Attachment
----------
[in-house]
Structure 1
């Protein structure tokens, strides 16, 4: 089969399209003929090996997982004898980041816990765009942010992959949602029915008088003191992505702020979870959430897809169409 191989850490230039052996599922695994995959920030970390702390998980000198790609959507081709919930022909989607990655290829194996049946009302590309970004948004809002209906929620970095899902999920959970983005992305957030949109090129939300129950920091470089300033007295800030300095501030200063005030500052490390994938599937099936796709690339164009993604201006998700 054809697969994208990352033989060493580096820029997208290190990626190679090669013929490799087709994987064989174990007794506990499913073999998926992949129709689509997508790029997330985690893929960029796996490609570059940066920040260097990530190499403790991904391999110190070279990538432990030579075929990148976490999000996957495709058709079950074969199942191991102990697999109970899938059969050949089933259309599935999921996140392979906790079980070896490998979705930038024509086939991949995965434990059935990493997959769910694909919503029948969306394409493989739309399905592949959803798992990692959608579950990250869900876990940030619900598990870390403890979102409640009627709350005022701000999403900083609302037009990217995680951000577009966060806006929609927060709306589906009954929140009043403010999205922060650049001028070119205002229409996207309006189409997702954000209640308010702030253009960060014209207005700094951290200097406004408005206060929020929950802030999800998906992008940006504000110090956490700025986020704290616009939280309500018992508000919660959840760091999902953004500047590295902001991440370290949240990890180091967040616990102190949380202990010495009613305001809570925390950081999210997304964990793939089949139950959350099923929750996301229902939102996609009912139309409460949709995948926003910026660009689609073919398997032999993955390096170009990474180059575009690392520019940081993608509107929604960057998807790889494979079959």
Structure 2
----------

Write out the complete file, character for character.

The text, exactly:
[in-house]
Structure 1
């Protein structure tokens, strides 16, 4: 089969399209003929090996997982004898980041816990765009942010992959949602029915008088003191992505702020979870959430897809169409 191989850490230039052996599922695994995959920030970390702390998980000198790609959507081709919930022909989607990655290829194996049946009302590309970004948004809002209906929620970095899902999920959970983005992305957030949109090129939300129950920091470089300033007295800030300095501030200063005030500052490390994938599937099936796709690339164009993604201006998700 054809697969994208990352033989060493580096820029997208290190990626190679090669013929490799087709994987064989174990007794506990499913073999998926992949129709689509997508790029997330985690893929960029796996490609570059940066920040260097990530190499403790991904391999110190070279990538432990030579075929990148976490999000996957495709058709079950074969199942191991102990697999109970899938059969050949089933259309599935999921996140392979906790079980070896490998979705930038024509086939991949995965434990059935990493997959769910694909919503029948969306394409493989739309399905592949959803798992990692959608579950990250869900876990940030619900598990870390403890979102409640009627709350005022701000999403900083609302037009990217995680951000577009966060806006929609927060709306589906009954929140009043403010999205922060650049001028070119205002229409996207309006189409997702954000209640308010702030253009960060014209207005700094951290200097406004408005206060929020929950802030999800998906992008940006504000110090956490700025986020704290616009939280309500018992508000919660959840760091999902953004500047590295902001991440370290949240990890180091967040616990102190949380202990010495009613305001809570925390950081999210997304964990793939089949139950959350099923929750996301229902939102996609009912139309409460949709995948926003910026660009689609073919398997032999993955390096170009990474180059575009690392520019940081993608509107929604960057998807790889494979079959």
Structure 2